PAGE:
Turkey sends weapons and armoured vehicles to Tripoli; evidence posted by Samoud brigade – Al Marsad

Libya, 18 May 2019 – A shipment of Turkish weapons and armoured vehicles have been unleaded at Tripoli port of Tripoli. They arrived today, Saturday, on board a Moldovan-flagged ro-ro vessel, the Amazon. The delivery is illegal under the terms of the UN sanctions on Libya.

Evidence – photos and videos – of the 40 or so armoured vehicles being unloaded was posted by the hardline Samoud Brigade led by Misratan militant Salah Badi on its Facebook page today. The vehicles have been rushed to Tripoli by Ankara in the hope of making a difference on the ground in the fighting between the Libyan National Army (LNA) and the various forces supporting Faiez Sarraj’s Government of National Accord (GNA).

According to the shipping website marinetraffic.com, the Amazon sailed from the Turkish Black Sea port of Samsun on 9 May.  According to myshiptracking.com, though, it then arrived in Turkey’s Mediterranean port of Izmnir on 14 May and left 14 hours later on 15 May, arriving in Tripoli just before 8am this morning.

The armoured vehicles unloaded include the Kirpi (Turkish for “Hedgehog”), a mine-resistant ambush-protected vehicle built in by the joint Turkish-Qatari vehicle manufacturer BMC, which is based in Samsun.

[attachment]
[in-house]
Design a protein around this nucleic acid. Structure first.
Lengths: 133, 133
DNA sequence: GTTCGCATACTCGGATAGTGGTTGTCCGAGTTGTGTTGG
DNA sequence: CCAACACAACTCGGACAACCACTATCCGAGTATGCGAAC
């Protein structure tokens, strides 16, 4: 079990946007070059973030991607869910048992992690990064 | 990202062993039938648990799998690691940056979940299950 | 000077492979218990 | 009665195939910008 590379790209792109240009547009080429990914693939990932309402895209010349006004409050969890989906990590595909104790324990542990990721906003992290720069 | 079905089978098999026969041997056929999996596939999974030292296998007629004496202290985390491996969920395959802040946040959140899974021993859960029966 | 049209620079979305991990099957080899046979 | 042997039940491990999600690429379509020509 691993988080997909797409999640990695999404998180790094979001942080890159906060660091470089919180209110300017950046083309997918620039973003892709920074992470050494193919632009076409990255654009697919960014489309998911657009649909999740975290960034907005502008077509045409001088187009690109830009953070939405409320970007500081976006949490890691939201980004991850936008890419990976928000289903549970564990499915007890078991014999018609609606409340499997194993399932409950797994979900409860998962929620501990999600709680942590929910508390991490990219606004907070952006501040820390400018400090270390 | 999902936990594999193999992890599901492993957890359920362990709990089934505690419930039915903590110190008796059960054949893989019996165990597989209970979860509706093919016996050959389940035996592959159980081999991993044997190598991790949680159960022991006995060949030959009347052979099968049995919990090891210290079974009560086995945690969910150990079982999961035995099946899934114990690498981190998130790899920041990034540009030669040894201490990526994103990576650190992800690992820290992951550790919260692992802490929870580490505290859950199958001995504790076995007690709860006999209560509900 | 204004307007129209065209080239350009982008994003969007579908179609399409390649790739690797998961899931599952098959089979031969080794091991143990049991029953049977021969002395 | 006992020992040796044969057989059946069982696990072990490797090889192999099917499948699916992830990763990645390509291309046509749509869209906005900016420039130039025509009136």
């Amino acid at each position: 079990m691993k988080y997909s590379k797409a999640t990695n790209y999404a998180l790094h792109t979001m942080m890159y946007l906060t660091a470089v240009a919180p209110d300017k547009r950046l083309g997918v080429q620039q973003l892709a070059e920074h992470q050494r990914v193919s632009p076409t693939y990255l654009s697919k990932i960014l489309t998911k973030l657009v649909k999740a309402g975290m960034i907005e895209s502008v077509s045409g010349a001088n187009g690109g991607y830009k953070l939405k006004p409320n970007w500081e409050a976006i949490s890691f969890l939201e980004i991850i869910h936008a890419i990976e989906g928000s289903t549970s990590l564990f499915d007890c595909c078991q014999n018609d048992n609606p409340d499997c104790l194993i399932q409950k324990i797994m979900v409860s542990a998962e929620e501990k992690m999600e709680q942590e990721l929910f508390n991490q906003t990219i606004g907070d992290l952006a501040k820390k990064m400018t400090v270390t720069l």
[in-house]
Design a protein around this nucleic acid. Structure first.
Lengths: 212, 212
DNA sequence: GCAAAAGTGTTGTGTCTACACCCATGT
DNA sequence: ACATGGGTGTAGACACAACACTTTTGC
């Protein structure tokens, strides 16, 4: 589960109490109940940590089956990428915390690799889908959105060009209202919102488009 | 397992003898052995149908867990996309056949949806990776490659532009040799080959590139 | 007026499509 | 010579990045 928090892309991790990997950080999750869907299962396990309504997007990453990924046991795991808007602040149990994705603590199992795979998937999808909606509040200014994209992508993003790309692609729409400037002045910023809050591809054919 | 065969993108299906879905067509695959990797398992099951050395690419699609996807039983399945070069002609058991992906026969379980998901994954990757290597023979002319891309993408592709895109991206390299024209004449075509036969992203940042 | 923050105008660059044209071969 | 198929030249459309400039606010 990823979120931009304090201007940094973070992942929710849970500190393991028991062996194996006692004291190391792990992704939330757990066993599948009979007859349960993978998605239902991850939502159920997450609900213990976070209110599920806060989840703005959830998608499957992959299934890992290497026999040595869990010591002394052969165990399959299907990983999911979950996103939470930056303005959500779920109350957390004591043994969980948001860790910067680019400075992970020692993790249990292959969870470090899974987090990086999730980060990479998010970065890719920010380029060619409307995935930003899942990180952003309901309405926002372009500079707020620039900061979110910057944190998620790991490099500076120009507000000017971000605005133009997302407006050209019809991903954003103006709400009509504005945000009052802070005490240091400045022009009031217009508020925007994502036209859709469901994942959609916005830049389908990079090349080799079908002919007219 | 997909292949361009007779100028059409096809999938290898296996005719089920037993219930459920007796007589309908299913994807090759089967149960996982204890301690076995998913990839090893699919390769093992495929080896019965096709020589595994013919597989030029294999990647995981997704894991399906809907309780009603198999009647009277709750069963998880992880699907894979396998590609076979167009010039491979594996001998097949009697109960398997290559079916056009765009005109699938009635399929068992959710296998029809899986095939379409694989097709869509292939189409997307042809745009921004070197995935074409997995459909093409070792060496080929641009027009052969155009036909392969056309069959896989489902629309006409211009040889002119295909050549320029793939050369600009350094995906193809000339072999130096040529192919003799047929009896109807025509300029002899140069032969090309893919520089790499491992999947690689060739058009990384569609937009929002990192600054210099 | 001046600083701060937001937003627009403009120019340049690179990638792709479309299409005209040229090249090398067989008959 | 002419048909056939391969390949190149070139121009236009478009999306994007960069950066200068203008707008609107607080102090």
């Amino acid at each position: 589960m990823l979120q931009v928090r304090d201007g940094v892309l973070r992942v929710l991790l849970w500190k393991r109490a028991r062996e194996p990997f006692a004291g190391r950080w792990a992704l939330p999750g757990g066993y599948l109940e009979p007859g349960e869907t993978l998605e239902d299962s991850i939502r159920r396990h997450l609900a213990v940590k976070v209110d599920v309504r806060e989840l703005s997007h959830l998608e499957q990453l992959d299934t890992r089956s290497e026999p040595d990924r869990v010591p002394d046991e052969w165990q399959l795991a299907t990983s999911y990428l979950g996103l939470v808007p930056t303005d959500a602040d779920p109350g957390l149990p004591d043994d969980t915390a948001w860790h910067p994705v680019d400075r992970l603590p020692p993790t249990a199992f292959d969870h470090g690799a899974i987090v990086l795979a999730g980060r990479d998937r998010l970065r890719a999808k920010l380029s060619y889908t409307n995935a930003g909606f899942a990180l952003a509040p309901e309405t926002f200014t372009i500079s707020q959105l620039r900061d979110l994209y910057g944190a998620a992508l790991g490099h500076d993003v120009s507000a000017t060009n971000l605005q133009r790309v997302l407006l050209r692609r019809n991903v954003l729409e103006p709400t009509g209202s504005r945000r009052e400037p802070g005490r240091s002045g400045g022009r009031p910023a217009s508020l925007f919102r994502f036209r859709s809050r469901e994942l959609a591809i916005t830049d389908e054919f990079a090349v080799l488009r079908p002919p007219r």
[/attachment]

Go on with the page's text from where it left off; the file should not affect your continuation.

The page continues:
BMC was sold in 2014 to the Qatar Armed Forces Industry Committee and Turkish businessman Ethem Sancak, a member of the governing body of Turkey’s ruling Justice and Development Party and said to be one of President Recep Tayyip Erdogan’s closest confidantes.

The BMC is to start making Turkey’s new battle tank, the Altay.  It won the Turkish government’s contract in April last year to produce it and in a controversial develioment last December was handed the country’s national tank factory by the government for a 25-year period.In March it was reported that Qatar had ordered 100 of them.

According to the Turkish opposition Nordic Monitor report, there have been rumours that Erdogan is the real owner of BMC, and that Sanjak “ is merely a caretaker looking after the Turkish president’s business interests”.

In January, Erdogan declared that Turkish-Qatari cooperation would “continue to strengthen” when he officially launched Turkey’s first home-grown motor engine production unit at the new $180-million BMC plant in Karasu in north-western Turkey.

The engine are for military vehicles.